Combating Illicit Drugs in the Mail
Winning the battle against illicit drugs in the mail is a top priority for the U.S.
Postal Service and the U.S. Postal Inspection Service.
Postal Inspectors across the country work every day to protect postal employees and the American public by leading the effort to eliminate drugs and contraband in the U.S. Mail, both foreign and domestic. This goal is achieved by prohibiting mail containing illegal items, investigating criminal activity, and dismantling the Dark Web which allows drug dealers to sell their goods through an internet connection.
State and Local Partners
During Fiscal Year 2020, the Postal Inspection Service created a standardized nationwide Task Force Officer (TFO) program. TFOs are typically state and local police officers who are embedded with Postal Inspectors to enhance advance interdictions and investigations by providing access to local intelligence and networks.
The Postal Inspection Service collaborates with its federal partners, including the Drug Enforcement Administration (DEA), Customs and Border Protection (CBP), Homeland Security Investigations (HSI), the Federal Bureau of Investigations (FBI), and the White House’s Office of National Drug Control Policy (ONDCP), in developing and implementing the National Drug Control Strategy. This strategy is used by the federal government to reduce the availability of these drugs in the United States through law enforcement and cooperation with international partners and eliminate the negative effects that drug trafficking has on the safety of the nation.
Postal Inspectors utilize multiple avenues to stem the flow of illicit drugs from entering the country through cooperation and coordination with foreign postal operators: the Universal Postal Union (UPU); the United Nations Office of Drugs and Crime (UNODC); the International Narcotics Control Board (INCB); and the European Union Agency for Law Enforcement Cooperation (Europol).
All In The Family
Following a year-long investigation led by Postal Inspectors in 2020, a mother and son duo were arrested and convicted for conspiring to ship approximately 8400 drug parcels containing an estimated 75 pounds of methamphetamine across the United States using the U.S. Mail. The drug and shipping operations were based out of Mary Jane McIntyre’s Arlington, Texas apartment where her son, Sean Harris, operated as the Dark Web vendor, Meds4U. A package stamped with the name of a fictitious company thought to be a Dark Web narcotics vendor was legally searched by investigators. The contents field-tested positive for meth and investigators traced the package, and several others in the course of the investigation, back to Harris. During a search of the apartment, authorities confiscated distribution quantities of meth, packaging and shipping supplies, scales, and a large sum of cash hidden in bundles behind pictures on the living room wall. Both pled guilty to possession of a controlled substance with intent to distribute and were sentenced to a combined 18 years in federal prison.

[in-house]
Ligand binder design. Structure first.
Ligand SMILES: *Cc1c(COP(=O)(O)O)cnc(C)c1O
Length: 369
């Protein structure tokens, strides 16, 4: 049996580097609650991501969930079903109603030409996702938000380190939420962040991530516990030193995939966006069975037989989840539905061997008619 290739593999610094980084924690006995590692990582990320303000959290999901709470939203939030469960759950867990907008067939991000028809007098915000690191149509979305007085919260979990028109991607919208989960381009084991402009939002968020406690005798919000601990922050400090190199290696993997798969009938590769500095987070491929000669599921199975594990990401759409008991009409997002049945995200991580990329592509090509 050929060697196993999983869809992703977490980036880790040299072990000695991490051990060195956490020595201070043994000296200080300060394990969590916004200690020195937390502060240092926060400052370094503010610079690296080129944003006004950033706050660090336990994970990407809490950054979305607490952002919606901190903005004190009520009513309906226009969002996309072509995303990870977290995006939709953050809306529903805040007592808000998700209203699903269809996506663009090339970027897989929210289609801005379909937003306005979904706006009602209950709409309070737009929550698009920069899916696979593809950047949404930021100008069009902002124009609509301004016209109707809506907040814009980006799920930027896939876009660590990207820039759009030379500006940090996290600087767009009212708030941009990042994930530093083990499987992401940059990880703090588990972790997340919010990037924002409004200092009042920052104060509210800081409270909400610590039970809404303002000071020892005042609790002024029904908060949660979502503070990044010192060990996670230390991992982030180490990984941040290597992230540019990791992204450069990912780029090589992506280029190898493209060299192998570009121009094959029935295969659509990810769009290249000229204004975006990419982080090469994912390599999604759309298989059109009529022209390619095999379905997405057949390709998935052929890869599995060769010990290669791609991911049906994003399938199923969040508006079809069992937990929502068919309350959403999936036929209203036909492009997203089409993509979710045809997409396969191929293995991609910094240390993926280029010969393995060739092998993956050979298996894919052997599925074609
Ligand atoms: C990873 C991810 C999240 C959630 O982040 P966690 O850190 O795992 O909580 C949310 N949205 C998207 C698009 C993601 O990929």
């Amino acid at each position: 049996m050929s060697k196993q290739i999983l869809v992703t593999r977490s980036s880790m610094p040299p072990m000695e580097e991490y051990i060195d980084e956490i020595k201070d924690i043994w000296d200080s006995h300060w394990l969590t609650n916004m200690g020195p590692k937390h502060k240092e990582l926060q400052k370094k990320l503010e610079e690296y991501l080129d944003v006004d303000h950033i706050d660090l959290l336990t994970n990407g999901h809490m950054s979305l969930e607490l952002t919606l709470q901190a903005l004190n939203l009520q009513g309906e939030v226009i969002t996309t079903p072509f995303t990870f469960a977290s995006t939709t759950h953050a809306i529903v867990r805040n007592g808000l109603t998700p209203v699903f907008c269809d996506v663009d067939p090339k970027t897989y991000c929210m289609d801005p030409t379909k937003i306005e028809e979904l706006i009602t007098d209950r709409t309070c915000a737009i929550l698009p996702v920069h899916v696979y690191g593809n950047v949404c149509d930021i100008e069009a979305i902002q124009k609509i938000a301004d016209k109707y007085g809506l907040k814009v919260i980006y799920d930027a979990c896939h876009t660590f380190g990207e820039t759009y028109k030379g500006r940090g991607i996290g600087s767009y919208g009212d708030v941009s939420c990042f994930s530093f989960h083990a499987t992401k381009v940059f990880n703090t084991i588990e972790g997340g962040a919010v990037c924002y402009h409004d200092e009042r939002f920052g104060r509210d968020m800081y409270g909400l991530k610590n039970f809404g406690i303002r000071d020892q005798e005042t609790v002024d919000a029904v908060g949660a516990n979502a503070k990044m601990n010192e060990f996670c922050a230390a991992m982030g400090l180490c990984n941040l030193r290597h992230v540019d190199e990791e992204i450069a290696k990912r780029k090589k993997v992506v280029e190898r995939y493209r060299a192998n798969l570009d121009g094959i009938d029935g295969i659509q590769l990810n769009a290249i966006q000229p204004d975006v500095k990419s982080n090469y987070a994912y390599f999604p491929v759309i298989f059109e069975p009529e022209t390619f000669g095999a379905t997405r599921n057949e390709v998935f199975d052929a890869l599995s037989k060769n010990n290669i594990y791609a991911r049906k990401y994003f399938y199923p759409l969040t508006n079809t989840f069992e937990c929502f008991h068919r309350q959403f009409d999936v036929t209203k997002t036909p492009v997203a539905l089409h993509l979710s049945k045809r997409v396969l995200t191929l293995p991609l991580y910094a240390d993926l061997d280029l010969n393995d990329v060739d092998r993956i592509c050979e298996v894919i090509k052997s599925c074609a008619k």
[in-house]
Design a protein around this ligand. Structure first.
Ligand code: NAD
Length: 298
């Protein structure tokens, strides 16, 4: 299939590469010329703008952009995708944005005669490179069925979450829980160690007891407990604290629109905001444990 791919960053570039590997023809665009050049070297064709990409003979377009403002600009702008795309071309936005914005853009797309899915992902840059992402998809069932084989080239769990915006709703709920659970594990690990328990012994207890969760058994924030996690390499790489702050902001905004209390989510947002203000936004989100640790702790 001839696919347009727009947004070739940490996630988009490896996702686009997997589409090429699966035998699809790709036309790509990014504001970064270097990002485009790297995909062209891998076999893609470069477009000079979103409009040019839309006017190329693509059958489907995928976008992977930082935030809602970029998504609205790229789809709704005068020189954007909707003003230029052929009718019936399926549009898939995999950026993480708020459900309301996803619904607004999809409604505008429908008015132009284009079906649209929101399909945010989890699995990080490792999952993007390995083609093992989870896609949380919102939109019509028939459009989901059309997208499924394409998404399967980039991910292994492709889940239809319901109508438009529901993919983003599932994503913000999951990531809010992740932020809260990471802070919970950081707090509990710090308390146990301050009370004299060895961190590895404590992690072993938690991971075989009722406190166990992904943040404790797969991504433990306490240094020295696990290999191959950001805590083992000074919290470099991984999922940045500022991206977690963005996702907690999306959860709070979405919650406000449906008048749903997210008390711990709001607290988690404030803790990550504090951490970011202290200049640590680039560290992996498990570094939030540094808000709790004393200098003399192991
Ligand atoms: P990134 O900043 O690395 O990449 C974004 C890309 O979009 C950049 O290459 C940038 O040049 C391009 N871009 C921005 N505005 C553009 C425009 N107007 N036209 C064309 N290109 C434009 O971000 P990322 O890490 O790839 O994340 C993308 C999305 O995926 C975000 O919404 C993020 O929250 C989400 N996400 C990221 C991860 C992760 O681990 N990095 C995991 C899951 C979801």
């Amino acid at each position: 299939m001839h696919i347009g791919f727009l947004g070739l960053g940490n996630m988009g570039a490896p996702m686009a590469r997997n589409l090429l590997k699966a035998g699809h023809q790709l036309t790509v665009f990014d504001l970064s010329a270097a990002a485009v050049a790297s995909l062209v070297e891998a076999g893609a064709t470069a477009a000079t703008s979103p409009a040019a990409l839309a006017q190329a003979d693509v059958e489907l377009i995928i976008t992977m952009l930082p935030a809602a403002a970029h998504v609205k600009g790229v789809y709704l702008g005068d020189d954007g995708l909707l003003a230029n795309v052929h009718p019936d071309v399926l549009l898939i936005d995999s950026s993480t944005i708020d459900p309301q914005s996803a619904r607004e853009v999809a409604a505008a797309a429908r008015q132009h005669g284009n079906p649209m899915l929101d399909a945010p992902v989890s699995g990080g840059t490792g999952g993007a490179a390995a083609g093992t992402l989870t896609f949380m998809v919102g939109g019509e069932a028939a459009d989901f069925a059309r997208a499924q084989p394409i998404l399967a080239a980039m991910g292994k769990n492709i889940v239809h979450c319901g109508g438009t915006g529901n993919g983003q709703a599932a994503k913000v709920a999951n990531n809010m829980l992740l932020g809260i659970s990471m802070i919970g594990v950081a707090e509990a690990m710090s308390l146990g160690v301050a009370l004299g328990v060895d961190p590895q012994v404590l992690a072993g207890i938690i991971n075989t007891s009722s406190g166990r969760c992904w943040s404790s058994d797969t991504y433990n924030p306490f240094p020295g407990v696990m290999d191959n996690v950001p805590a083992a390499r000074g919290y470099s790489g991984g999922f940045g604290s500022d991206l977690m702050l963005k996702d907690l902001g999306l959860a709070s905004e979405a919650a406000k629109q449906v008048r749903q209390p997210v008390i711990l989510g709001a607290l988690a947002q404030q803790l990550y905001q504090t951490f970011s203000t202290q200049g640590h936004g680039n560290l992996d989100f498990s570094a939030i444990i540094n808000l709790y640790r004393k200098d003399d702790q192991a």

A police canine in a Kansas City, MO mail processing center alerted to the presence of illegal drugs inside a package that had been identified as suspicious by a Postal Inspector. The parcel was addressed to the residence of Victor Rodriguez Kessel, 65, but under a different name. When law enforcement delivered it to Kessel, he gave consent to open in it, where it was found to contain approximately 274 grams of powder cocaine. Kessel also gave consent to have his residence searched, where officers found a revolver handgun and 467 grams of cocaine and marijuana. When Kessel withdrew his consent, officers returned with a search warrant and found an additional 232 grams of powder cocaine, crack cocaine, and marijuana; as well as a semi-automatic handgun and a large amount of cash, some of which was in a locked shed in the backyard used as a marijuana grow house. Under federal law, it is illegal for anyone who has been convicted of a felony to be in possession of any firearm or ammunition. Kessel has seventeen prior felony convictions involving illegal drugs and firearms, burglary and grand theft. For the convictions of drug trafficking and illegally possessing a firearm in this case, Kessel was sentenced to 15 years in federal prison without parole. The court also ordered Kessel to forfeit to the government $82,000 seized by law enforcement, and his residential property which he maintained for manufacturing/distributing illegal drugs.
All Fingers Point To…
All Fingers Point To…
Postal Inspectors in Savannah, Georgia seized a parcel containing approximately $269,335 in cash destined for a hotel in Houston, Texas. The USPIS Forensic Lab was able to extract a fingerprint from a CD case inside the parcel which came back to OMARO JAJUAN GRIFFIN, AKA Omar Griffin. Based on that fingerprint, USPIS and DEA began their investigation and seized approximately 25 kilograms of cocaine, 30 pounds of marijuana, two pounds of MDMA, $900,000 in cash and more than 20 firearms. Fourteen defendants were indicted; 12 -including GRIFFIN – pled guilty and were sentenced to federal prison. GRIFFIN received a 20-year federal sentence, and must serve 10 years of Supervised Release, which is the statutory maximum penalty that could be imposed by the Court.
The mission of the Inspection Service is protecting the public and the U.S. Mail from illicit drug activity. USPIS is also committed to crime prevention and victim assistance. If you or someone you know is in need of addiction treatment, please contact the National Helpline:
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Report a Crime
If you know someone who’s mailing illegal drugs or has received them, alert Postal Inspectors.
Call Postal Inspectors at 1-877-876-2455